The beauty of many recursive algorithms is the inherent elegance and simplicity of the solutions. While they are sometimes not the fastest algorithms, they are often “fast enough” and easier to design. This program solves most puzzles in less than a few seconds. One thing I noticed while trying this program on different puzzles is that if a problem took a longer period of time to solve (in tens of seconds), simply transposing the matrix would often give the same solution in a fraction of a second. With today’s multi-core CPUs, this suggests one possibility for speeding it up: Write a wrapper script which starts several instances of the program with different transpositions of the matrix. An example is shown with the previous puzzle shown above and the transposed version in the following figure where the transposed problem was solved four times faster.

marion:~/sudoku$ time awk -f solve.awk THE-HARDEST-SO-FAR.dat 

# Searches=134214

  2 8 3  6 7 1  9 4 5
  9 7 6  5 4 8  2 3 1
  4 1 5  3 9 2  8 7 6

  5 6 7  4 1 9  3 8 2
  8 3 4  2 6 7  1 5 9
  1 9 2  8 3 5  4 6 7

  3 2 1  7 8 6  5 9 4
  7 5 8  9 2 4  6 1 3
  6 4 9  1 5 3  7 2 8

real    0m10.009s
user    0m9.889s
sys     0m0.024s

marion:~/sudoku$ time awk -f solve.awk /tmp/transposed.dat

# Searches=32253

  8 3 4  7 9 2  6 1 5
  2 1 9  6 5 8  7 3 4
  7 6 5  4 1 3  8 2 9

  3 4 6  5 7 9  2 8 1
  5 2 8  3 6 1  9 4 7
  1 9 7  8 2 4  3 5 6

  9 8 1  2 4 7  5 6 3
  4 5 2  9 3 6  1 7 8
  6 7 3  1 8 5  4 9 2

real    0m2.487s
user    0m2.456s
sys     0m0.008s

When something even faster is required, it can often be accomplished by translating the algorithm into another language with a more direct representation of the data sets. I did a translation of this program to C once with an interesting twist on the data indexing. This version probably executes a few orders of magnitude faster, largely due to the way that the data is represented. Probably we’ll release “Yet Another Sudoku Puzzle Solver Using C” as an another article later.

I believe that awk deserves a place in everyone’s toolkit. Its simplicity relative to other languages is perhaps seen as a weakness, but I see it as one of its strengths. The language can be learned in an afternoon and used without resorting to reference books for solving many day-to-day problems. I use it on a regular basis straight from the command line, right through to implementing things such as compilers for DSLs (Domain Specific Languages).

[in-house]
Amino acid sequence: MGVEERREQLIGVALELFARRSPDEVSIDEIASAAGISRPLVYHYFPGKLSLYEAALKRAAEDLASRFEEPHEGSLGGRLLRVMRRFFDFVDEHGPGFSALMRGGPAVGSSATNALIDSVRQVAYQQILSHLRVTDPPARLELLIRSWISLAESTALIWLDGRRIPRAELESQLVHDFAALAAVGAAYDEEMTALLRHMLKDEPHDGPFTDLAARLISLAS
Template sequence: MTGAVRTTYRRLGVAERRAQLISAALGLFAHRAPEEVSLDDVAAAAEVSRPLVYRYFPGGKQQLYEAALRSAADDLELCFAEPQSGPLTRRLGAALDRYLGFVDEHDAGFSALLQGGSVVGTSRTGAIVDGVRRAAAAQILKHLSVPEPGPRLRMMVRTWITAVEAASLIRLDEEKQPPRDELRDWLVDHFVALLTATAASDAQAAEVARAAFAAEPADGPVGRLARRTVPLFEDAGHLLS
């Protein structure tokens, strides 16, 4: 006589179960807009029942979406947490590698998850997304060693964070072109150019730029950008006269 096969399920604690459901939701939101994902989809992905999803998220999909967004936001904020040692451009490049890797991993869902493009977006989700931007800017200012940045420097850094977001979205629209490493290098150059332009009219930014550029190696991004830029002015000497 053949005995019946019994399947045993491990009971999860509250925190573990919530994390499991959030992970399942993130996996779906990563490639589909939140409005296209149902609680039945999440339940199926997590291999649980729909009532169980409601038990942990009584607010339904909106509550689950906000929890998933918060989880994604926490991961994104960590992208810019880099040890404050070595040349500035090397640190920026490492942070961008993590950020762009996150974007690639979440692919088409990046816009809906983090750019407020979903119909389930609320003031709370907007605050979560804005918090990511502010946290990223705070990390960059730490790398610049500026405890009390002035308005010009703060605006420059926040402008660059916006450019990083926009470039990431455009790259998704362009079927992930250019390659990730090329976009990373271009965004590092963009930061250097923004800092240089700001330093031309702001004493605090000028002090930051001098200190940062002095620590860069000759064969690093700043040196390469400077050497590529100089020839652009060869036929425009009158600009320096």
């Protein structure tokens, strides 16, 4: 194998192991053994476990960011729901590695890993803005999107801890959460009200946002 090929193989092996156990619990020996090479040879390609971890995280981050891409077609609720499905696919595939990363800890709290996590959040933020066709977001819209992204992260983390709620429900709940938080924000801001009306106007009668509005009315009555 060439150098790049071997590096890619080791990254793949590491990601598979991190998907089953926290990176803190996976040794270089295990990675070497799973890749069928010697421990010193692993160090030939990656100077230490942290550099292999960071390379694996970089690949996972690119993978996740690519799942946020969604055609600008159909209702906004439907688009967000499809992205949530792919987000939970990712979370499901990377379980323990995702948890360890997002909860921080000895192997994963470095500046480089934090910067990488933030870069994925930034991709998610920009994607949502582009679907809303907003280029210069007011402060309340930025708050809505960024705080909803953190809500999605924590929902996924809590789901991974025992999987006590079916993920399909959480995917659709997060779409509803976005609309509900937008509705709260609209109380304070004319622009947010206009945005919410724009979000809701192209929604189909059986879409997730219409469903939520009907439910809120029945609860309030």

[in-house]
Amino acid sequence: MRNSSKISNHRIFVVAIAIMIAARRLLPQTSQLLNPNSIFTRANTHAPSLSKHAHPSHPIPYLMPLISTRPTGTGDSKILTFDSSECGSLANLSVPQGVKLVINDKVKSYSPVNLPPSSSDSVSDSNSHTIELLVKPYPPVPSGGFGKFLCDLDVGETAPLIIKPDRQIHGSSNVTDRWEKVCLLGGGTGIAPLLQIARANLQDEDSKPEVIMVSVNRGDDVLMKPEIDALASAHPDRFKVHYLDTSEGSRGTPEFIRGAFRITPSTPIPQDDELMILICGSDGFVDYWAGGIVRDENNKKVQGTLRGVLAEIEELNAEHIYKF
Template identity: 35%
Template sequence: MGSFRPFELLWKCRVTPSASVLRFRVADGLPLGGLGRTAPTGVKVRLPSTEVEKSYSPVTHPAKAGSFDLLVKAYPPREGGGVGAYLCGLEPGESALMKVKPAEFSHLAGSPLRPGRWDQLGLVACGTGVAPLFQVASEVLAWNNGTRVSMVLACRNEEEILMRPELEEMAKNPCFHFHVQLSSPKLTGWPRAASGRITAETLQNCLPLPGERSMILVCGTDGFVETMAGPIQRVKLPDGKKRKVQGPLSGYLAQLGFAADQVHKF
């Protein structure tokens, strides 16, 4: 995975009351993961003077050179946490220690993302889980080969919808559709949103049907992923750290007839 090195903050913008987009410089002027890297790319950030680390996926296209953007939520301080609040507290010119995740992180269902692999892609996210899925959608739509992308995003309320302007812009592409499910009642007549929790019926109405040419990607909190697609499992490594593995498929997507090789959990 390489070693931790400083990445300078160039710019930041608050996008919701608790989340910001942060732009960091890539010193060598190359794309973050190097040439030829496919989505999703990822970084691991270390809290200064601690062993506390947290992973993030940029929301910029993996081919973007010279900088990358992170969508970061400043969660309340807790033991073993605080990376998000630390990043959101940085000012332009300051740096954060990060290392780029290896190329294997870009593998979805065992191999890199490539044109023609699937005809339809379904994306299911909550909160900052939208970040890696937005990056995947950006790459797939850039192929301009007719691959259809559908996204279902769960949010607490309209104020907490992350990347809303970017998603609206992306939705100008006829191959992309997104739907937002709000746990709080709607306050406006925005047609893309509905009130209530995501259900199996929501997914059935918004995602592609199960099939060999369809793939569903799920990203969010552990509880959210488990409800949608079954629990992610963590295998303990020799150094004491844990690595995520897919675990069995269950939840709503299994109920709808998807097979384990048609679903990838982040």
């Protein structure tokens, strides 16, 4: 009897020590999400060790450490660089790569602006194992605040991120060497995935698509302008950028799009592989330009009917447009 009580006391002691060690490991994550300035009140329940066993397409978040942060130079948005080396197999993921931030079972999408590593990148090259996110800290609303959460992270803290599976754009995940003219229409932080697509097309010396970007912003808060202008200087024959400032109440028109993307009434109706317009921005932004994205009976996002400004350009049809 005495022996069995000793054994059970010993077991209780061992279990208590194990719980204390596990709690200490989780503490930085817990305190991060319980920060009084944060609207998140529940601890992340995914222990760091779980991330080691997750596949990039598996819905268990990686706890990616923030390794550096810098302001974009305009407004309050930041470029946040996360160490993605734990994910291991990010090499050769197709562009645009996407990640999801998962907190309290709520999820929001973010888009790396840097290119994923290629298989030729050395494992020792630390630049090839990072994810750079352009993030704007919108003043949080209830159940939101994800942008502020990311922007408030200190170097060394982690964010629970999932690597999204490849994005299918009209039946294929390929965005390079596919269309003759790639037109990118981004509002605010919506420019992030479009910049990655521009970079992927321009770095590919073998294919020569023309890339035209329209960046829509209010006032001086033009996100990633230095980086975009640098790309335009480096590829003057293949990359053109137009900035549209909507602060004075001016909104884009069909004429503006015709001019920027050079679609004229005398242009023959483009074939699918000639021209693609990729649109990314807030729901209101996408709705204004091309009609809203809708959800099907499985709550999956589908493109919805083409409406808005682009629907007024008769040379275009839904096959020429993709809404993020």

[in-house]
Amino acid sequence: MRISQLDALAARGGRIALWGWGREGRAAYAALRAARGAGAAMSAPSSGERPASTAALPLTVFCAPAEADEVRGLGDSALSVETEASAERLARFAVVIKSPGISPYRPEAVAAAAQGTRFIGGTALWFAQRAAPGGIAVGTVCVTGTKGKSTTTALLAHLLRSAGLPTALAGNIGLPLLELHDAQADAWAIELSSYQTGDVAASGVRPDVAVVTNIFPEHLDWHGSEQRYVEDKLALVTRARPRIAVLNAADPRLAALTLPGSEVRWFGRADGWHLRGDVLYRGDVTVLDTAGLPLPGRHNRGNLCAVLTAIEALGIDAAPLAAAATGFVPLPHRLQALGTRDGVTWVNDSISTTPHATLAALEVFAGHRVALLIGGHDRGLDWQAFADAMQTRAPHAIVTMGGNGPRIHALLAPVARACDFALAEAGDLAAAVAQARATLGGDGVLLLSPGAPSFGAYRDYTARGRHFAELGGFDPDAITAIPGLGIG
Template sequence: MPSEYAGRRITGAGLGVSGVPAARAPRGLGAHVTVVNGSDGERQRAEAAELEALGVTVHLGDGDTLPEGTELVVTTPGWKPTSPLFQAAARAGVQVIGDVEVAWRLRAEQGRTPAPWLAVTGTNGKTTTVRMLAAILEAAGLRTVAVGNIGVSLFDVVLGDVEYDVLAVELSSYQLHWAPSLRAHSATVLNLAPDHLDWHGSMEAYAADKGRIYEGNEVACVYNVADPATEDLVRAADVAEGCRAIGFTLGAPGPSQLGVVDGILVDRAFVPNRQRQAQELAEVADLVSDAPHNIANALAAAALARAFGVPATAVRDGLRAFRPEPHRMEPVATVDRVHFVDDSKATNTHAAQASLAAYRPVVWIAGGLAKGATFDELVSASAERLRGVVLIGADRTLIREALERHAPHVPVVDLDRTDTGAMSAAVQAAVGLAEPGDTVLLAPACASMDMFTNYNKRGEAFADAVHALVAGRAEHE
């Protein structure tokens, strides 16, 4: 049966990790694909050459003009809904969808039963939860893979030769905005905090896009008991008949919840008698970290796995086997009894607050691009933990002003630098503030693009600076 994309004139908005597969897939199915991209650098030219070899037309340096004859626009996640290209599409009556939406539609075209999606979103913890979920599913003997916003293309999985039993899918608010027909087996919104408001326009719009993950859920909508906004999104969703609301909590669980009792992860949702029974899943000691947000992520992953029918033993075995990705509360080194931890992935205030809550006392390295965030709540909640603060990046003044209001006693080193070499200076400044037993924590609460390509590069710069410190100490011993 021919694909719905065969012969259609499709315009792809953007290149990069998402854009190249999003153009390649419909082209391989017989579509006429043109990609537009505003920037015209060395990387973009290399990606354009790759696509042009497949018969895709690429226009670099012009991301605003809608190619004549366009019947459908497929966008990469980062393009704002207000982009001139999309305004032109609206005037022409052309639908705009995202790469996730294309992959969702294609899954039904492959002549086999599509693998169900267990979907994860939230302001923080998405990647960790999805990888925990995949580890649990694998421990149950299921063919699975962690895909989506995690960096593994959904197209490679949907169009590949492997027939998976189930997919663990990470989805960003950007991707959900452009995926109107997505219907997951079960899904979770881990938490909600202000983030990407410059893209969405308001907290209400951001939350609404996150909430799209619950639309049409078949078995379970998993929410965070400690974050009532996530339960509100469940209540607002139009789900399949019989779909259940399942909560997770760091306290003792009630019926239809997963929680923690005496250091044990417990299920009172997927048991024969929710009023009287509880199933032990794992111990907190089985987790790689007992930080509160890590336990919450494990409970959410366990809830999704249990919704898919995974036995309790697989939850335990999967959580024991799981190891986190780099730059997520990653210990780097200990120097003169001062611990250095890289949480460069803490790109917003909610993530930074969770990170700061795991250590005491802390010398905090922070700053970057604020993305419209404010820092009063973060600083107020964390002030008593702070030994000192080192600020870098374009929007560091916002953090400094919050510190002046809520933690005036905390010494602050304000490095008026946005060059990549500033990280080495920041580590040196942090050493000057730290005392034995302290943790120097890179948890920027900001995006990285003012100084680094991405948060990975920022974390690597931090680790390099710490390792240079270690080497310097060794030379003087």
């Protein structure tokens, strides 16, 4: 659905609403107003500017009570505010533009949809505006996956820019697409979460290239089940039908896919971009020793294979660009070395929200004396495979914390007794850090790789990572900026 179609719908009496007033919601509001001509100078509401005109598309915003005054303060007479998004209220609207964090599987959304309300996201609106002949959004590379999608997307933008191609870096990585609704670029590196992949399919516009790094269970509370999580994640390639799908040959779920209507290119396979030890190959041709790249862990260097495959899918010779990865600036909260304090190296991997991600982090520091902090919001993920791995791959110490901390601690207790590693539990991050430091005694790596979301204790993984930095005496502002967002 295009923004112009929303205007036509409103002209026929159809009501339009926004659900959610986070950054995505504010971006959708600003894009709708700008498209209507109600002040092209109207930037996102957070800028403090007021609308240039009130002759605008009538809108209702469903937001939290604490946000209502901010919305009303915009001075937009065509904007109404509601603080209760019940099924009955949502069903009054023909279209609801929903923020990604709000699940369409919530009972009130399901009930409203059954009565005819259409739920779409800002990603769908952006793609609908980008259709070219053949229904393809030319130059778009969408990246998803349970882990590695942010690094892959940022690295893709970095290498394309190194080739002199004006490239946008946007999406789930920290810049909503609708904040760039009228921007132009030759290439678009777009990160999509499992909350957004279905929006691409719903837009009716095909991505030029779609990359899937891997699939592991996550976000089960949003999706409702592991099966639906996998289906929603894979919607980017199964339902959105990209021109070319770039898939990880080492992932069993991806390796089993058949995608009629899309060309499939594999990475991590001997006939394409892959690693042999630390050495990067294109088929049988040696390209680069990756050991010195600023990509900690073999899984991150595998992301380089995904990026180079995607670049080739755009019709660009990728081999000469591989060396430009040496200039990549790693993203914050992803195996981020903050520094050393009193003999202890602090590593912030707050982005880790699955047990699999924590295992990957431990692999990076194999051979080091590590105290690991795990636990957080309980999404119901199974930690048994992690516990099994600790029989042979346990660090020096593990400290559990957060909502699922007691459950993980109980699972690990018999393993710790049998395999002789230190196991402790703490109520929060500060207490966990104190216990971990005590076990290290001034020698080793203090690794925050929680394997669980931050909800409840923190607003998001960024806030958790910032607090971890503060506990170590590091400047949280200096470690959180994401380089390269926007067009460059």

Recommended Awk Books

  • The AWK Programming Language by Alfred V. Aho, Brian W. Kernighan, and Peter J. Weinberger. The original book by the authors of the language have some excellent examples of moderately complex programs and is still my favorite book on awk. Published by Addison-Wesley, 1988. ISBN 020107981X.
  • More Programming Pearls: Confessions of a Coder by Jon Bentley, AT&T Bell Labs, Murray Hill, NJ. Another book for using awk as a prototyping tool for algorithms may be found in More Pearls. Excellent reading.  Year of Publication: 1988. ISBN:0201118890

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{ 11 comments… read them below or add one }

1 Przemek January 13, 2010 at 3:36 am

Nice article!

2 Anonymous January 15, 2010 at 8:56 am

thanks for this – it sparked my interest in learning more about awk. very well-written. keep ‘em coming!

3 bill duncan January 16, 2010 at 11:42 am

Thanks for the feedback! Appreciate the comments..


4 Jim Lemke January 16, 2010 at 10:03 pm

Awk is great for reports but I haven’t tried computing any algorithms with it! Interesting article.

5 CRB January 17, 2010 at 7:32 am

Great article … it’s amazing what can be done with awk in short order. It’s refreshing to see an awk article that incorporates both the text manipulating power of awk and its ability to compute algorithms. Too many awk articles focus just on text file manipulation, nice job!

6 bill duncan January 17, 2010 at 4:45 pm

Thanks everyone for your comments!

I had put a teaser in the article suggesting a better/faster way to index the data in C. Anyone with some ideas on this?

7 Milos January 20, 2010 at 7:03 pm

Exchange line 100 of the original script from:
return 1
to this:
return 0
and change line 143 of the original script from:
to this
# dump()

and voila, you will get all solutions, not just the first one.
You can test it on this:

# multiple solutions
3 0 8 6 0 9 0 1 4
1 0 4 3 0 8 0 6 9
6 0 9 4 0 1 0 3 8

7 4 3 1 8 5 6 9 2
8 6 2 9 4 7 3 5 1
9 1 5 2 3 6 8 4 7

4 8 7 5 9 3 1 2 6
2 3 6 8 1 4 9 7 5
5 9 1 7 6 2 4 8 3

Have a nice evening

8 eMancu January 24, 2010 at 12:40 pm

I cant believe the power of Awk… I was refused to change my grep for awk, but now… I’ll try awk!

9 bill duncan January 24, 2010 at 2:23 pm

Thanks for all your comments. There are some more interesting awk applications coming, so stay tuned!

10 alfredo ricciotti February 6, 2010 at 6:27 am

Thank for the article, it is a nice way to spur awk interest.

11 bill duncan February 6, 2010 at 5:05 pm

Thanks Alfredo,
Mssion accomplished I guess; that’s what I was trying to do.. ;-)
Stay tuned, as there are some follow-up articles coming.